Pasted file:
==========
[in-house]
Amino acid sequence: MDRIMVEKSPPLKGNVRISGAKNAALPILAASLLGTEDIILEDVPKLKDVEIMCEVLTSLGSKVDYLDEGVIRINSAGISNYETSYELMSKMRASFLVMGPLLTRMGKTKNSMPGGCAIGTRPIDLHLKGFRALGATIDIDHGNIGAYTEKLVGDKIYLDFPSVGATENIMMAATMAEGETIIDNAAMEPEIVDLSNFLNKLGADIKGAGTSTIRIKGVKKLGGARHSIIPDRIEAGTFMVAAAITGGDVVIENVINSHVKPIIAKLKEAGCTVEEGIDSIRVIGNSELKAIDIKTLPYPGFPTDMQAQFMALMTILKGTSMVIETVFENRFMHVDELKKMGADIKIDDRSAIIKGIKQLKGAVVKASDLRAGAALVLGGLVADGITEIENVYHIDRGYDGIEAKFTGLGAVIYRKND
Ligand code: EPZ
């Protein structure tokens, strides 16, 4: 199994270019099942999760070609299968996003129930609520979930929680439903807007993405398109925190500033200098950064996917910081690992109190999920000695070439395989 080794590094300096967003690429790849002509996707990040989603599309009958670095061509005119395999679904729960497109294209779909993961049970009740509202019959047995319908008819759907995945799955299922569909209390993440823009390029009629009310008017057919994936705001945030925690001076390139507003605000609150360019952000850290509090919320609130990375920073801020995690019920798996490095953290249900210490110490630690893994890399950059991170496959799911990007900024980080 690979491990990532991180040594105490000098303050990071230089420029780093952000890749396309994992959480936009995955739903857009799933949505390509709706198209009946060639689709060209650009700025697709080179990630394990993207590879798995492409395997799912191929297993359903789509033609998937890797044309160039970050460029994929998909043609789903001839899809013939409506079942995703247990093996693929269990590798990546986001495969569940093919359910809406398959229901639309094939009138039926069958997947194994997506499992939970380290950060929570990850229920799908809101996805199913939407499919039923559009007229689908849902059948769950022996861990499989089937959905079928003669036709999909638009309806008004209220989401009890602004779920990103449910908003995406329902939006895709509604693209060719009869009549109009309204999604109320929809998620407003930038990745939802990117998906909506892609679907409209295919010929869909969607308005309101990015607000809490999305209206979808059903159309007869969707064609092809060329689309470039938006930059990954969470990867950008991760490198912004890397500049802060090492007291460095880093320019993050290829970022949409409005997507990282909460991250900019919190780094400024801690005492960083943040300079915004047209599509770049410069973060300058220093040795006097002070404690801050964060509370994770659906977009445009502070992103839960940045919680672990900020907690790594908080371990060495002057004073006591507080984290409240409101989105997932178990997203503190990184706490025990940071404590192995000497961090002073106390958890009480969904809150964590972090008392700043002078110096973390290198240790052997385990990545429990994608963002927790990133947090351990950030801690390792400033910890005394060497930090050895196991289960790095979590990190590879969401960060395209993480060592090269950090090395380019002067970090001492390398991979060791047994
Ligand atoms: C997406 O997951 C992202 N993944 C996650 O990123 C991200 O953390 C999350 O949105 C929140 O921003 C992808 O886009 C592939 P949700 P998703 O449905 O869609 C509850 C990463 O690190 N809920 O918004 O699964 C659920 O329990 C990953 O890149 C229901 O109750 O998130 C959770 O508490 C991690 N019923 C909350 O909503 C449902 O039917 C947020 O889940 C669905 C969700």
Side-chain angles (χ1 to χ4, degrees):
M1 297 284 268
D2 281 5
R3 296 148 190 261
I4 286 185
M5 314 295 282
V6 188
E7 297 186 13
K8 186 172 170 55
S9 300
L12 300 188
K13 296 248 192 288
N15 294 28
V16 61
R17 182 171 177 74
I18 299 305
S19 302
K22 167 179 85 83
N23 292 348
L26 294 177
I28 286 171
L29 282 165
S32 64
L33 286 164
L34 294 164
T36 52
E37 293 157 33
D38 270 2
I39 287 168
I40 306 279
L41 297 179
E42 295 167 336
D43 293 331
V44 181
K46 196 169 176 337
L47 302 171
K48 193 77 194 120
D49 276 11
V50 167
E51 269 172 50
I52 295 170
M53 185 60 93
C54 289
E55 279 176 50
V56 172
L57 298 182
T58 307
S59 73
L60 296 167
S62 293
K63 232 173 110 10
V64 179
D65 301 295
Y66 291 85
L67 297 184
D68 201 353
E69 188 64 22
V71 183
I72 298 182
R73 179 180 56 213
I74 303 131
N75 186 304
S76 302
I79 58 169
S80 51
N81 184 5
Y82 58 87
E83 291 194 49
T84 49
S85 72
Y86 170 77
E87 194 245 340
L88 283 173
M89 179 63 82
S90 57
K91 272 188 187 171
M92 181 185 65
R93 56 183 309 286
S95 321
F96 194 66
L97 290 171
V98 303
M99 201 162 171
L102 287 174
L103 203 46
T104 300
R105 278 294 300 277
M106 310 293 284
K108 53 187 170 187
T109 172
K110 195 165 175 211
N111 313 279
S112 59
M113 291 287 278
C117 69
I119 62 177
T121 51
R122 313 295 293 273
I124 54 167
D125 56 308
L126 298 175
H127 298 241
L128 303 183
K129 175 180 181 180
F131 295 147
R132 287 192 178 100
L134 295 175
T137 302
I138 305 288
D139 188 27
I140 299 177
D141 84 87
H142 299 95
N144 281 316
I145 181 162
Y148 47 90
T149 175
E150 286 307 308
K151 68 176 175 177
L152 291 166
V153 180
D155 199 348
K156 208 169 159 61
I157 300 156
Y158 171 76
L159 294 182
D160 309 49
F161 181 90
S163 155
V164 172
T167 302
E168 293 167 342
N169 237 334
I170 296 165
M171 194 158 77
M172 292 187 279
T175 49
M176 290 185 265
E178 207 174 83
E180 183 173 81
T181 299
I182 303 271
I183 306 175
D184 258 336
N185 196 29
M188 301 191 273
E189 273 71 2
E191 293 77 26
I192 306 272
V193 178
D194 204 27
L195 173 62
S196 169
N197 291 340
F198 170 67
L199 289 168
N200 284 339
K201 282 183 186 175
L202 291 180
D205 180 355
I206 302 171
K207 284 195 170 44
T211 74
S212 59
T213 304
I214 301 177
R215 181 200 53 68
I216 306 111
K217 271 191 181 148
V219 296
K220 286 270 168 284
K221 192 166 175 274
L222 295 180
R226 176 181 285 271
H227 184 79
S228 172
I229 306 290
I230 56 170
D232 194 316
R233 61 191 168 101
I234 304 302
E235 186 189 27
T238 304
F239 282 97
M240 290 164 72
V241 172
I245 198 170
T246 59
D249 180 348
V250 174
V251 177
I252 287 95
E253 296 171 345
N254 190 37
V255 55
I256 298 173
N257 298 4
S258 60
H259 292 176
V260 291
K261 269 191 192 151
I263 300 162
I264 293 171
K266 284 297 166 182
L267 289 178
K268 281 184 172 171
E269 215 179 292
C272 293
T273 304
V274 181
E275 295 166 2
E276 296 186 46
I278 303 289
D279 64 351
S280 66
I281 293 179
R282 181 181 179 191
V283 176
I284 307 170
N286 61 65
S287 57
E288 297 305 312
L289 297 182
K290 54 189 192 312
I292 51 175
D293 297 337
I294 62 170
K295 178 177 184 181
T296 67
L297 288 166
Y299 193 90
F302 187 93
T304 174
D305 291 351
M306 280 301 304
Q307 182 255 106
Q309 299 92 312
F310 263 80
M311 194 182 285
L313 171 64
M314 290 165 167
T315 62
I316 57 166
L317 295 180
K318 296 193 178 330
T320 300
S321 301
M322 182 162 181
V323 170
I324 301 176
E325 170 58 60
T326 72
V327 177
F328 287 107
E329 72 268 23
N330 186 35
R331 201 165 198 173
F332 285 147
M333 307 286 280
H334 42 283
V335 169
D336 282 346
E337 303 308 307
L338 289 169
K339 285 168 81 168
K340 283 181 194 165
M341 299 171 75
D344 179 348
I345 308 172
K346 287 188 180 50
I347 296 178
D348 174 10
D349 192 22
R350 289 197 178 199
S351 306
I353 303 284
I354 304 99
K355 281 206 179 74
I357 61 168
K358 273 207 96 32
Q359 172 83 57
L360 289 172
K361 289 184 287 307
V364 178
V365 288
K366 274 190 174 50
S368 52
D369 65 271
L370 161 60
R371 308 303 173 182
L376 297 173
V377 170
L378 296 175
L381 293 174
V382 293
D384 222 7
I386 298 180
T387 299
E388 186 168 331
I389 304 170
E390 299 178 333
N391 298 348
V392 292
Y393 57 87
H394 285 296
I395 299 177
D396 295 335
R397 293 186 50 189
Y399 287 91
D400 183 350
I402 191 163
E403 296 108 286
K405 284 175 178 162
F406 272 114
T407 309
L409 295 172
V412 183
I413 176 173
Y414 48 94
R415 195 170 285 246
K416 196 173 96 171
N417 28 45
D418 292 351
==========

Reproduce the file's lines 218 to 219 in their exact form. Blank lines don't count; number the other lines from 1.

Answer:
I278 303 289
D279 64 351